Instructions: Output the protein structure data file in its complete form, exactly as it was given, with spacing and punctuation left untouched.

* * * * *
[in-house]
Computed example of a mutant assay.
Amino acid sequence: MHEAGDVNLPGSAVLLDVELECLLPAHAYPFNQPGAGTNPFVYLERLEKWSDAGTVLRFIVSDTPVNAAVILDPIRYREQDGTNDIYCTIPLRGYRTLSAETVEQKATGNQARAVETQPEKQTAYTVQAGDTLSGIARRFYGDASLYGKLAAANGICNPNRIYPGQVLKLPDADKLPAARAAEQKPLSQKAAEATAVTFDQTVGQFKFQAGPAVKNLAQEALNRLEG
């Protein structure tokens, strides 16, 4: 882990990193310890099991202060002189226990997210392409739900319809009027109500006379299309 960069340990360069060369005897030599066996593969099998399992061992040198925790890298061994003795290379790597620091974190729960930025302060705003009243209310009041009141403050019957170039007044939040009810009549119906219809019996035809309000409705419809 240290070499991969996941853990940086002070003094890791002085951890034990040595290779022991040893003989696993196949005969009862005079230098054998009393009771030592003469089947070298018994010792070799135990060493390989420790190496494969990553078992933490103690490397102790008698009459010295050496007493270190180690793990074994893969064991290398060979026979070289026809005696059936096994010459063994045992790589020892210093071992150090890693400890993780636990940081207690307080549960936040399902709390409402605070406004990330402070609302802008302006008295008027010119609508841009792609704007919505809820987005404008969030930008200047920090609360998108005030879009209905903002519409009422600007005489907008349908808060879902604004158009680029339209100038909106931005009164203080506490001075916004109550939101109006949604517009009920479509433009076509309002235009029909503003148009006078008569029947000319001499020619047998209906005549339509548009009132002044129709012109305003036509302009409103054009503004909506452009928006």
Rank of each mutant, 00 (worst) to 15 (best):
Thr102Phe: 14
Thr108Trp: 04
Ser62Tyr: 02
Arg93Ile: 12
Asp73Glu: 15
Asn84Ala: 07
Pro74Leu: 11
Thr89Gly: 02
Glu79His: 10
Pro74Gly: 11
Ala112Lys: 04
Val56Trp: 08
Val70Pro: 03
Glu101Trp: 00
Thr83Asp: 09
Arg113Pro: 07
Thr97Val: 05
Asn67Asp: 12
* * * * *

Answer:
[in-house]
Computed example of a mutant assay.
Amino acid sequence: MHEAGDVNLPGSAVLLDVELECLLPAHAYPFNQPGAGTNPFVYLERLEKWSDAGTVLRFIVSDTPVNAAVILDPIRYREQDGTNDIYCTIPLRGYRTLSAETVEQKATGNQARAVETQPEKQTAYTVQAGDTLSGIARRFYGDASLYGKLAAANGICNPNRIYPGQVLKLPDADKLPAARAAEQKPLSQKAAEATAVTFDQTVGQFKFQAGPAVKNLAQEALNRLEG
């Protein structure tokens, strides 16, 4: 882990990193310890099991202060002189226990997210392409739900319809009027109500006379299309 960069340990360069060369005897030599066996593969099998399992061992040198925790890298061994003795290379790597620091974190729960930025302060705003009243209310009041009141403050019957170039007044939040009810009549119906219809019996035809309000409705419809 240290070499991969996941853990940086002070003094890791002085951890034990040595290779022991040893003989696993196949005969009862005079230098054998009393009771030592003469089947070298018994010792070799135990060493390989420790190496494969990553078992933490103690490397102790008698009459010295050496007493270190180690793990074994893969064991290398060979026979070289026809005696059936096994010459063994045992790589020892210093071992150090890693400890993780636990940081207690307080549960936040399902709390409402605070406004990330402070609302802008302006008295008027010119609508841009792609704007919505809820987005404008969030930008200047920090609360998108005030879009209905903002519409009422600007005489907008349908808060879902604004158009680029339209100038909106931005009164203080506490001075916004109550939101109006949604517009009920479509433009076509309002235009029909503003148009006078008569029947000319001499020619047998209906005549339509548009009132002044129709012109305003036509302009409103054009503004909506452009928006």
Rank of each mutant, 00 (worst) to 15 (best):
Thr102Phe: 14
Thr108Trp: 04
Ser62Tyr: 02
Arg93Ile: 12
Asp73Glu: 15
Asn84Ala: 07
Pro74Leu: 11
Thr89Gly: 02
Glu79His: 10
Pro74Gly: 11
Ala112Lys: 04
Val56Trp: 08
Val70Pro: 03
Glu101Trp: 00
Thr83Asp: 09
Arg113Pro: 07
Thr97Val: 05
Asn67Asp: 12